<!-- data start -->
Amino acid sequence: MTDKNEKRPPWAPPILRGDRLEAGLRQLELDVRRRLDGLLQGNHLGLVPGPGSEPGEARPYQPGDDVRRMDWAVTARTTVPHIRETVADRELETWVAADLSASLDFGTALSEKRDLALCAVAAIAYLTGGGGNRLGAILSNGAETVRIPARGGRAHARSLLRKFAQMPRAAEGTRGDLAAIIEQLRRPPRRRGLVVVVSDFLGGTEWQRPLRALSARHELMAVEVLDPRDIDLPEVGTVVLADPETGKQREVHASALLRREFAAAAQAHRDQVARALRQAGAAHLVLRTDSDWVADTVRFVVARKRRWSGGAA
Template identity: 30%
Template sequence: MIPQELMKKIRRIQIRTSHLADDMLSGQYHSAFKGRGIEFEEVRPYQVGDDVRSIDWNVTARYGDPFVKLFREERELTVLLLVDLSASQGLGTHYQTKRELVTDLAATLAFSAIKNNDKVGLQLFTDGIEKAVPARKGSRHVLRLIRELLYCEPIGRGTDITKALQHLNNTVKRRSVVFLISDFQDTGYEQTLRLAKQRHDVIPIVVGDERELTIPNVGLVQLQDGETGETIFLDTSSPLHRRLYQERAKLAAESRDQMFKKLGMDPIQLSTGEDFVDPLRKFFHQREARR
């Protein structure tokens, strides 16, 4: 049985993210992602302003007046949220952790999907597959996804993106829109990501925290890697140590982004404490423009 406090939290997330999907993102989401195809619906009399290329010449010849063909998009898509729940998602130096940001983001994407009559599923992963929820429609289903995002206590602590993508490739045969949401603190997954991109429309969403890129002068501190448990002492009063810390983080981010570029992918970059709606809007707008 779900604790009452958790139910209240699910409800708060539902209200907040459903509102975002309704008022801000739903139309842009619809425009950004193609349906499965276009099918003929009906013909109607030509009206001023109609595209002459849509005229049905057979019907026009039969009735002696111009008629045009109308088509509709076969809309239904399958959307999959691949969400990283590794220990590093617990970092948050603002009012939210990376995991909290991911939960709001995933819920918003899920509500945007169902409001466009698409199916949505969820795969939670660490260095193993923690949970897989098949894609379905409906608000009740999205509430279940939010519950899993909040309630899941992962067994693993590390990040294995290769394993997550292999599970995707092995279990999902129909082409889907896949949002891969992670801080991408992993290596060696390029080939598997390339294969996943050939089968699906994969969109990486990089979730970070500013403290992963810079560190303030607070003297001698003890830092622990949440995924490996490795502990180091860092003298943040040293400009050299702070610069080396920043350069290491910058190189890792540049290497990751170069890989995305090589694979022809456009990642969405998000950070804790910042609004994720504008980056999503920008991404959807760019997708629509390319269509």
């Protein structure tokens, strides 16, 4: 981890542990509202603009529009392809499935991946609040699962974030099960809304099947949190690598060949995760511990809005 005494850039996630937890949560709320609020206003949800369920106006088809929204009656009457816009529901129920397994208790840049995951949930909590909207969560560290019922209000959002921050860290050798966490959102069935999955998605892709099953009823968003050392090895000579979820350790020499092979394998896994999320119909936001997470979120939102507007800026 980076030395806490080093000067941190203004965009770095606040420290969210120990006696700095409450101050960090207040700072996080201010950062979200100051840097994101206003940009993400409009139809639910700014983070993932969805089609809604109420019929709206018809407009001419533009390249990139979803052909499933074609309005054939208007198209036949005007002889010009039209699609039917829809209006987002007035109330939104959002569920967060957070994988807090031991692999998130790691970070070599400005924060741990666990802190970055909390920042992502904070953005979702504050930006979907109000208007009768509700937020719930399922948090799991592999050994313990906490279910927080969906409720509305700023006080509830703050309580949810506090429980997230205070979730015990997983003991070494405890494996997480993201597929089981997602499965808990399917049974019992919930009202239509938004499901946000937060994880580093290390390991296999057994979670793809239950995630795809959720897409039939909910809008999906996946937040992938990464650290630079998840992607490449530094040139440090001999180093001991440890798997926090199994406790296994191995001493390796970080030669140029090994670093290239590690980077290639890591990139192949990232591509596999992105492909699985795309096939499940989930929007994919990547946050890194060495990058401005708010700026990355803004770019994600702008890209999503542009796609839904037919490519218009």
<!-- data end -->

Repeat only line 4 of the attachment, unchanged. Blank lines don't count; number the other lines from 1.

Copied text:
């Protein structure tokens, strides 16, 4: 049985993210992602302003007046949220952790999907597959996804993106829109990501925290890697140590982004404490423009 406090939290997330999907993102989401195809619906009399290329010449010849063909998009898509729940998602130096940001983001994407009559599923992963929820429609289903995002206590602590993508490739045969949401603190997954991109429309969403890129002068501190448990002492009063810390983080981010570029992918970059709606809007707008 779900604790009452958790139910209240699910409800708060539902209200907040459903509102975002309704008022801000739903139309842009619809425009950004193609349906499965276009099918003929009906013909109607030509009206001023109609595209002459849509005229049905057979019907026009039969009735002696111009008629045009109308088509509709076969809309239904399958959307999959691949969400990283590794220990590093617990970092948050603002009012939210990376995991909290991911939960709001995933819920918003899920509500945007169902409001466009698409199916949505969820795969939670660490260095193993923690949970897989098949894609379905409906608000009740999205509430279940939010519950899993909040309630899941992962067994693993590390990040294995290769394993997550292999599970995707092995279990999902129909082409889907896949949002891969992670801080991408992993290596060696390029080939598997390339294969996943050939089968699906994969969109990486990089979730970070500013403290992963810079560190303030607070003297001698003890830092622990949440995924490996490795502990180091860092003298943040040293400009050299702070610069080396920043350069290491910058190189890792540049290497990751170069890989995305090589694979022809456009990642969405998000950070804790910042609004994720504008980056999503920008991404959807760019997708629509390319269509």